This post is a continuation of Tuesday’s discussion of different options to upgrade with United Airlines. However, I’ve focused specifically on how these rules apply to companions or anyone other than the elite member. Several “tricks” can be used to improve the upgrade odds for both you and your companion.
Complimentary Premier Upgrades on Award Tickets
This first part repeats a bit from yesterday, but I’m including all of it because I usually buy my own tickets but book awards for friends and family.
Award tickets are eligible for a CPU (including a companion CPU) if you have one of eight different United- or Continental-branded credit cards. Basically, the old pre-merger United cards are excluded (so the Mileage Plus Select Visa is out). However, the new United versions of old Continental cards do qualify (so the OnePass Plus and the MileagePlus Explorer cards are both in). I qualify with my MileagePlus Club Card.
- MileagePlus Explorer
- MileagePlus Explorer for Business
- OnePass Plus
- World MasterCard for Business
- Presidential Plus
- Presidential Plus for Business
- MileagePlus Club Card
- MileagePlus Club Business Card
These upgrades depend only on your elite status. If you are a Premier 1K, you will clear after all Premier 1K passengers on paid tickets, including their companions. However, you will still be before any Premier Platinum passengers, regardless of their fare type.
One additional perk is that when you book an award ticket for another person and leave out his or her MileagePlus number, that person will take on the MileagePlus number of the account from which the miles were deducted. That means if I book an award ticket for my mother, my mother gets treated as a Premier 1K. And since my Club Card is tied to my MileagePlus account, she is also eligible for an upgrade.
The Regional Premier Upgrade and Global Premier Upgrade instruments described yesterday can be shared with any passenger flying on an eligible flight, and their upgrade priority will be the same as yours. You are essentially free to use your upgrade instruments as you wish. The same goes for when you use miles from your account to sponsor a mileage upgrade award for someone else.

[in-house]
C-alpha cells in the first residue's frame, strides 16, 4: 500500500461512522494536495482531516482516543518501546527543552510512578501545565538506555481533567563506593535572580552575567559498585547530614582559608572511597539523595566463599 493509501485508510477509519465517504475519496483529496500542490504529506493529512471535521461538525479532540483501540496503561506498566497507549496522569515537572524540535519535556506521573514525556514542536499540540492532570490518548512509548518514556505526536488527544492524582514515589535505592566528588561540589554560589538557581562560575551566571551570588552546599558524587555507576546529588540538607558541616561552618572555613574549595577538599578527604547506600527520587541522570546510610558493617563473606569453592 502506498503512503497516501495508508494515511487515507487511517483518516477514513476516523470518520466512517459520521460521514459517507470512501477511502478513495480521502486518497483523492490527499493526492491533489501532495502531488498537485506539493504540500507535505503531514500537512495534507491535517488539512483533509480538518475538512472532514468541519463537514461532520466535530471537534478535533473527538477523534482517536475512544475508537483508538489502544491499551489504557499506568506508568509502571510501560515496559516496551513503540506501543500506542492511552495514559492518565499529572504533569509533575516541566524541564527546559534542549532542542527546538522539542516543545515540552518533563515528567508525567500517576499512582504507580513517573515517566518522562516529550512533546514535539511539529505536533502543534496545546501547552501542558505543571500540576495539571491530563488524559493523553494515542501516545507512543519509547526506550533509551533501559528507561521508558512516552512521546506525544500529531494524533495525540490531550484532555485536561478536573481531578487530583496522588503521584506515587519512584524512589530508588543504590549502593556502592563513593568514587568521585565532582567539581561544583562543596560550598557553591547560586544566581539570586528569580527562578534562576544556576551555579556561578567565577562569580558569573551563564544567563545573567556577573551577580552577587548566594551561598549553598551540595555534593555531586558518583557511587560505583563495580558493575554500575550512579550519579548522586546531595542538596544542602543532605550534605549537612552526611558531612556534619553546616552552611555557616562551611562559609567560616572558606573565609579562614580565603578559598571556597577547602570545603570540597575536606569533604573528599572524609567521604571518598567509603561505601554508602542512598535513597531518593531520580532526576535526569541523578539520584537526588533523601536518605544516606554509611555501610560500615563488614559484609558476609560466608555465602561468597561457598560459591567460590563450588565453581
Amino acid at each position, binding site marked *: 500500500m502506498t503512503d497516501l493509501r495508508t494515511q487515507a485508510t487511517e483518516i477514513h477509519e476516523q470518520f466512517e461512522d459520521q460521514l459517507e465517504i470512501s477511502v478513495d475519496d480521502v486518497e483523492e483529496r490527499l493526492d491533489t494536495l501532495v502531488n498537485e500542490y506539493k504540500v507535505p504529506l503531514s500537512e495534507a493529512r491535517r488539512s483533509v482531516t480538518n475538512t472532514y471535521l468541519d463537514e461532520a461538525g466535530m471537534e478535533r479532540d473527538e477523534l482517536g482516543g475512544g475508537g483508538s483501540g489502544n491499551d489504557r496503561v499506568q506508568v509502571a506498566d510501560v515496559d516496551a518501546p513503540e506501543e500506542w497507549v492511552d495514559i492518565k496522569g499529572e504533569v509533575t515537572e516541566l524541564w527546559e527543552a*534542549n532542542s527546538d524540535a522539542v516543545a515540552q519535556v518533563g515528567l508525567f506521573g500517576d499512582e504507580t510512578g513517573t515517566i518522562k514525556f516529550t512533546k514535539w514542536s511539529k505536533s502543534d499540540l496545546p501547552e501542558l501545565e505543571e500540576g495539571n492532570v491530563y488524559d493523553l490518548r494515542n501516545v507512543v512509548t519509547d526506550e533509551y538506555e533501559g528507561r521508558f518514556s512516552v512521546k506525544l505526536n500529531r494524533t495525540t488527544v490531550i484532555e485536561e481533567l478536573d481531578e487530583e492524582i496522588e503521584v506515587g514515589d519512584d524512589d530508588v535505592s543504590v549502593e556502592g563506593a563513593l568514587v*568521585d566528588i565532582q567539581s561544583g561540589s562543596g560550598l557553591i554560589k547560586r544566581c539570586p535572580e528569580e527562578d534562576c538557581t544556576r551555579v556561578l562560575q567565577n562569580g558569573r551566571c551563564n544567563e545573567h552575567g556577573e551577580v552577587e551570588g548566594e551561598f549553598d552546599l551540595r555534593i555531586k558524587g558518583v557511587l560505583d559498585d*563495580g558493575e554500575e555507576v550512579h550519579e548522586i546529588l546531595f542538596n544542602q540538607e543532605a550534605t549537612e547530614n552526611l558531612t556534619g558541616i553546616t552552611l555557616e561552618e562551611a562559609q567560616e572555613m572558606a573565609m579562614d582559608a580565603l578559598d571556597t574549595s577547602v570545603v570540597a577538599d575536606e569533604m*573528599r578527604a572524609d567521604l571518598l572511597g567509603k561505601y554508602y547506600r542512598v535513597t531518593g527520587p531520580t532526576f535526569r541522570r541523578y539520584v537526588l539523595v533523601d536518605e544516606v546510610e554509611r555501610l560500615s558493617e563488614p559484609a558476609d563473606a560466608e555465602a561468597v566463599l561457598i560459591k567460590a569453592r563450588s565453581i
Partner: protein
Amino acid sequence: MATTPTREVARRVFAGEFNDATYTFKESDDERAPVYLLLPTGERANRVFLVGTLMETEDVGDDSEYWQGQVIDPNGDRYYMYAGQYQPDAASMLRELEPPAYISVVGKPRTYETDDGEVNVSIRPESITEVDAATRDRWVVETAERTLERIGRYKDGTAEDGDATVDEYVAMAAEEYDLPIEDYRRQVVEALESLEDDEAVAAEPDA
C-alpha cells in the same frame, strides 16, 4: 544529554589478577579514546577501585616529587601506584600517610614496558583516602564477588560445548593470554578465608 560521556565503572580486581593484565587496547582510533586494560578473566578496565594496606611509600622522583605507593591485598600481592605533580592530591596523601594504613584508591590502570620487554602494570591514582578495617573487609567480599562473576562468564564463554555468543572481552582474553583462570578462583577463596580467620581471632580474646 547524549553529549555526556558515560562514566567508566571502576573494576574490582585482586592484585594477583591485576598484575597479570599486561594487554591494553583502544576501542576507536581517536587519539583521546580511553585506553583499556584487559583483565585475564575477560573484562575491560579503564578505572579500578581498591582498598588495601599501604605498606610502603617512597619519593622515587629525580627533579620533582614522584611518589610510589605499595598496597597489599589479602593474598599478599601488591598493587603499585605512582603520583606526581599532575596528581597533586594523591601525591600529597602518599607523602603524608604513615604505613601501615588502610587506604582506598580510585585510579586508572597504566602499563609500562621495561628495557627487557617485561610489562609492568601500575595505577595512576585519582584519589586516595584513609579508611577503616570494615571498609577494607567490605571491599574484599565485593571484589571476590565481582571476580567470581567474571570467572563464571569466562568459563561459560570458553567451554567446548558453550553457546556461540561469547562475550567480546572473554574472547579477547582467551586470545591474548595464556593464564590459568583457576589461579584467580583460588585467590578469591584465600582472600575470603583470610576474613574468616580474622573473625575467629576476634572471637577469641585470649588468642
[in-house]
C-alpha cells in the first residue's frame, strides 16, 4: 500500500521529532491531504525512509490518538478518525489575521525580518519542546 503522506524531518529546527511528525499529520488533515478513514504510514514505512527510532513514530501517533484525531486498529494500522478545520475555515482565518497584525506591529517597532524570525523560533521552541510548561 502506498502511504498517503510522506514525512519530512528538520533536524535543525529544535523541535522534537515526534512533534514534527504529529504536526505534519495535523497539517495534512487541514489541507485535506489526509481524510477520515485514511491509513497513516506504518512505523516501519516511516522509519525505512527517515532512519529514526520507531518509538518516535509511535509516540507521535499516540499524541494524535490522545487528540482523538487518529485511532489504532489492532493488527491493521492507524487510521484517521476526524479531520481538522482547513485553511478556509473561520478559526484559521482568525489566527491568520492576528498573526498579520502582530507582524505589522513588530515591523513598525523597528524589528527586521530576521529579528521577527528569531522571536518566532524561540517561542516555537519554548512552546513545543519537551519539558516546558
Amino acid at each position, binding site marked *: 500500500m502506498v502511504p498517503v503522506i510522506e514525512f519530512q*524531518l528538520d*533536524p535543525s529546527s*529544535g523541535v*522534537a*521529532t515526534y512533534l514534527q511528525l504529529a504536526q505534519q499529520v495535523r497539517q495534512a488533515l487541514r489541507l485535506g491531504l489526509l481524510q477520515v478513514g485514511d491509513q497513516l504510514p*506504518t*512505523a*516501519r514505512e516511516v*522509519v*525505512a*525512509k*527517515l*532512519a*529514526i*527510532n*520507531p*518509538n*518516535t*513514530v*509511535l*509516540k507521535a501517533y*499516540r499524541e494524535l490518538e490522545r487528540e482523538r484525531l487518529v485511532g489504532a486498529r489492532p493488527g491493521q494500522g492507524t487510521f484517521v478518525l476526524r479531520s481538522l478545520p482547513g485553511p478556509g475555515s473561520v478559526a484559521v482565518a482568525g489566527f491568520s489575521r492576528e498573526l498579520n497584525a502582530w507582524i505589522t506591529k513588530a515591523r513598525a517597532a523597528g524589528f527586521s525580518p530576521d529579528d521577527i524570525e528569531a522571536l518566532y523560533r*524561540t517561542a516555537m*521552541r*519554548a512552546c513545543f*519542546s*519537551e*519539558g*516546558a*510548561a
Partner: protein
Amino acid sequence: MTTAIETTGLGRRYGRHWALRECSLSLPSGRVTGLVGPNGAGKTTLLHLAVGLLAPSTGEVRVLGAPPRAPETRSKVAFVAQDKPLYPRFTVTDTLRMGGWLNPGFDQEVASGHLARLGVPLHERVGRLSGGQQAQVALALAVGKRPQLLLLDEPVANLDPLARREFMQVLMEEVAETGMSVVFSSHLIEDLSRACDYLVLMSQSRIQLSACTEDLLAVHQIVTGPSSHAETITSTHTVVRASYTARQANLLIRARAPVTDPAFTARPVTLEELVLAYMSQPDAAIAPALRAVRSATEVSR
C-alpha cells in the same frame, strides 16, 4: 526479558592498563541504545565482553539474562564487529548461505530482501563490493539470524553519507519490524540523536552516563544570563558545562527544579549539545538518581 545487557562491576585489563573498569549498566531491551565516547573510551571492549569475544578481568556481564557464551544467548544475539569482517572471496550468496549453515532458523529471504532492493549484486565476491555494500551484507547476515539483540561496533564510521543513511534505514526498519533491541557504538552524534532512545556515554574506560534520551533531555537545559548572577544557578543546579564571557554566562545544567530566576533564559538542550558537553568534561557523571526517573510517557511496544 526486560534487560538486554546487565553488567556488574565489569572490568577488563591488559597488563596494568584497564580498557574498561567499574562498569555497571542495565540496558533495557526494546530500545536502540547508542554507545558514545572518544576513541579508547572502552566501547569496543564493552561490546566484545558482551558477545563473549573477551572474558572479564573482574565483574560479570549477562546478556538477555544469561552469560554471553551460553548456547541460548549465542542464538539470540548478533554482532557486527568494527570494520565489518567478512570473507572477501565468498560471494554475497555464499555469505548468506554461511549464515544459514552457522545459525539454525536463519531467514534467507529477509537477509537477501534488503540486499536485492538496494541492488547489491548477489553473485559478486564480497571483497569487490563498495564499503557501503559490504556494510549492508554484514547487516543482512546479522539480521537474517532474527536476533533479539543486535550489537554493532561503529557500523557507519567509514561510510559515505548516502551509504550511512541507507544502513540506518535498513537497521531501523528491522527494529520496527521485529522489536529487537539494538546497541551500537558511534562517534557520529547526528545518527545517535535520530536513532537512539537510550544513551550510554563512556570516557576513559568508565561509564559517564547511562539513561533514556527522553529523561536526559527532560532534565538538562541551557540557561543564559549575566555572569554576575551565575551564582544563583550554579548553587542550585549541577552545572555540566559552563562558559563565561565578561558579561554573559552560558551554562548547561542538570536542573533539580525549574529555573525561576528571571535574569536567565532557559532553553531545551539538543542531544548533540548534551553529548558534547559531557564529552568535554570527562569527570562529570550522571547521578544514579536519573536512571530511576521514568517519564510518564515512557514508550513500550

A MileagePlus member may request an upgrade for another traveler using a MileagePlus Upgrade Award, a Global Premier Upgrade or a Regional Premier Upgrade, even if they are not traveling on the same reservation. Waitlist confirmation priority is based on the Premier status of the redeeming account.
Complimentary Companion Upgrades
True Companion Upgrades are a form of Complimentary Premier Upgrade. Up to one companion on each flight is eligible to receive an upgrade, and he or she will be processed after all other paid fares at your elite tier. This means if you are Premier 1K and he or she is a general member, then he or she will clear after you but before any Premier Platinum members.
Continental Airlines allowed you to request a companion upgrade within 2 hours of departure for anyone traveling on the same flight, regardless of whether he or she was on the same reservation as you. This policy remains in effect, and I have used it in the past when meeting up with a friend coming from a different city but continuing on the same plane as me.
An important exception is if you have a companion traveling on an award ticket. This would explain why, when Megan and I were both booked on award tickets using miles from my account, we were not eligible for a CPU even though normally I would be eligible for a CPU if traveling by myself on a CPU.
In addition, one companion traveling on the same reservation as a Premier member is also eligible for Complimentary Premier Upgrades on select flights, and may be confirmed with the same priority as the Premier member, even on the day of departure. This benefit does not apply to companions traveling on award tickets.
The Annoying Details of Companion Upgrades